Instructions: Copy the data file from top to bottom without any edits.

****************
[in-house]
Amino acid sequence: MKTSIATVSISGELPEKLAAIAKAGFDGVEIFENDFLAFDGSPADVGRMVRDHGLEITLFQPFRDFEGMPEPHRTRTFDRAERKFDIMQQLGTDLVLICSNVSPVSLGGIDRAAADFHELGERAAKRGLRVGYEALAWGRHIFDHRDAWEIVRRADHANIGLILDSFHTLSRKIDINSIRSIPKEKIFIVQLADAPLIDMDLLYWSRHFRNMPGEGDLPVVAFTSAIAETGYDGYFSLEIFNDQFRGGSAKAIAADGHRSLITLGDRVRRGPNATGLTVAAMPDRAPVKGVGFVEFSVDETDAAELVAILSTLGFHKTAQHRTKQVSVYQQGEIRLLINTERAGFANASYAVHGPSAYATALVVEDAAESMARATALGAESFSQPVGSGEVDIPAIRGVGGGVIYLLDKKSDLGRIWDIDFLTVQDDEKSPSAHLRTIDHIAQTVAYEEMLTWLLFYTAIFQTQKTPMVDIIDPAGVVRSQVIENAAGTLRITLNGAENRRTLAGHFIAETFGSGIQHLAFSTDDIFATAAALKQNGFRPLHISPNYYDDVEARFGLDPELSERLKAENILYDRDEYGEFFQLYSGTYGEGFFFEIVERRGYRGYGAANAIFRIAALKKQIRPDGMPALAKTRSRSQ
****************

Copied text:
[in-house]
Amino acid sequence: MKTSIATVSISGELPEKLAAIAKAGFDGVEIFENDFLAFDGSPADVGRMVRDHGLEITLFQPFRDFEGMPEPHRTRTFDRAERKFDIMQQLGTDLVLICSNVSPVSLGGIDRAAADFHELGERAAKRGLRVGYEALAWGRHIFDHRDAWEIVRRADHANIGLILDSFHTLSRKIDINSIRSIPKEKIFIVQLADAPLIDMDLLYWSRHFRNMPGEGDLPVVAFTSAIAETGYDGYFSLEIFNDQFRGGSAKAIAADGHRSLITLGDRVRRGPNATGLTVAAMPDRAPVKGVGFVEFSVDETDAAELVAILSTLGFHKTAQHRTKQVSVYQQGEIRLLINTERAGFANASYAVHGPSAYATALVVEDAAESMARATALGAESFSQPVGSGEVDIPAIRGVGGGVIYLLDKKSDLGRIWDIDFLTVQDDEKSPSAHLRTIDHIAQTVAYEEMLTWLLFYTAIFQTQKTPMVDIIDPAGVVRSQVIENAAGTLRITLNGAENRRTLAGHFIAETFGSGIQHLAFSTDDIFATAAALKQNGFRPLHISPNYYDDVEARFGLDPELSERLKAENILYDRDEYGEFFQLYSGTYGEGFFFEIVERRGYRGYGAANAIFRIAALKKQIRPDGMPALAKTRSRSQ